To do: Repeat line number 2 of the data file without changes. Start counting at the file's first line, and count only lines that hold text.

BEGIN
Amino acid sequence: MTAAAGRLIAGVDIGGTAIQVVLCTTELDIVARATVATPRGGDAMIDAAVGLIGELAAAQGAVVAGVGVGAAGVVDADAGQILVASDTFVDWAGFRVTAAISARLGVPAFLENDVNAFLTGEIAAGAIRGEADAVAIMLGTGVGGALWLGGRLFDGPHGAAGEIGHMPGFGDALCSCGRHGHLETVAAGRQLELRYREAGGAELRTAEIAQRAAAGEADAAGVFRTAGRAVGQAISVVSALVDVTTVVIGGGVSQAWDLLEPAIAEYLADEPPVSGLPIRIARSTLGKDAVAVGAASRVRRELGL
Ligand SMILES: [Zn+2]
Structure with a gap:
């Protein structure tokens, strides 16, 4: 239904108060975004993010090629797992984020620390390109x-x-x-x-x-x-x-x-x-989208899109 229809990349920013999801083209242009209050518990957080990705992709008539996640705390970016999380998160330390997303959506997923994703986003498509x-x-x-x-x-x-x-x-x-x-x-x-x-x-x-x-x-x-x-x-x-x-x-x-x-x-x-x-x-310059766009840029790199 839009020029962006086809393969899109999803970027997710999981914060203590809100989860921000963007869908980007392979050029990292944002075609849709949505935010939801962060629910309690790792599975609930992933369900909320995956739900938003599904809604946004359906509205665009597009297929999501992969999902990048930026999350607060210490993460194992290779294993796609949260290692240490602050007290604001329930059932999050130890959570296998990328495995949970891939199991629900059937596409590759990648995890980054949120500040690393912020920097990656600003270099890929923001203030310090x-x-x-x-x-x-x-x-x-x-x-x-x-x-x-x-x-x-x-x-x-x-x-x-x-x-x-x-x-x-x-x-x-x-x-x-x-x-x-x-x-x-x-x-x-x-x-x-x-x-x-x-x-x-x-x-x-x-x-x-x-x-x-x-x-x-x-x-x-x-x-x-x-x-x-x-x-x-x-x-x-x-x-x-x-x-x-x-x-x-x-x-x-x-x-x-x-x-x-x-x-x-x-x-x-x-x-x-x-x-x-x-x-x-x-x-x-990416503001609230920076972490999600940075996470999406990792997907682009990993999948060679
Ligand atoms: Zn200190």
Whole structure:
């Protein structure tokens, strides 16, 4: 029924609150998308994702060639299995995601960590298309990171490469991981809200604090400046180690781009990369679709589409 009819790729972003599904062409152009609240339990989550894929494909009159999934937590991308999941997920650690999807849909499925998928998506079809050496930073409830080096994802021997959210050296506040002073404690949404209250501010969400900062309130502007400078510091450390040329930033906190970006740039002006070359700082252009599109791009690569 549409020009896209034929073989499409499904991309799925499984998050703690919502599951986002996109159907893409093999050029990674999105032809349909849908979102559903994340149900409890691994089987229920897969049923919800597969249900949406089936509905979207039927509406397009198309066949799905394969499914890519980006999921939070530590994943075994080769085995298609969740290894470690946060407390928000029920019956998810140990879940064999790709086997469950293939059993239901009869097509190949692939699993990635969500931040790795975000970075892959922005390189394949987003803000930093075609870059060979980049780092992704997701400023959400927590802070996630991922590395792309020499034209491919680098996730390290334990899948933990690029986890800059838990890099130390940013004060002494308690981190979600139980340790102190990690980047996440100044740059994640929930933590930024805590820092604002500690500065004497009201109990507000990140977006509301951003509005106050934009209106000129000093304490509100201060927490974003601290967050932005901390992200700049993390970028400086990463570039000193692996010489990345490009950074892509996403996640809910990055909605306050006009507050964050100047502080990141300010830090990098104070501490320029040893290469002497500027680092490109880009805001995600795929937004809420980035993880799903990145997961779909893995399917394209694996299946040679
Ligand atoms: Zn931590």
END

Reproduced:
Ligand SMILES: [Zn+2]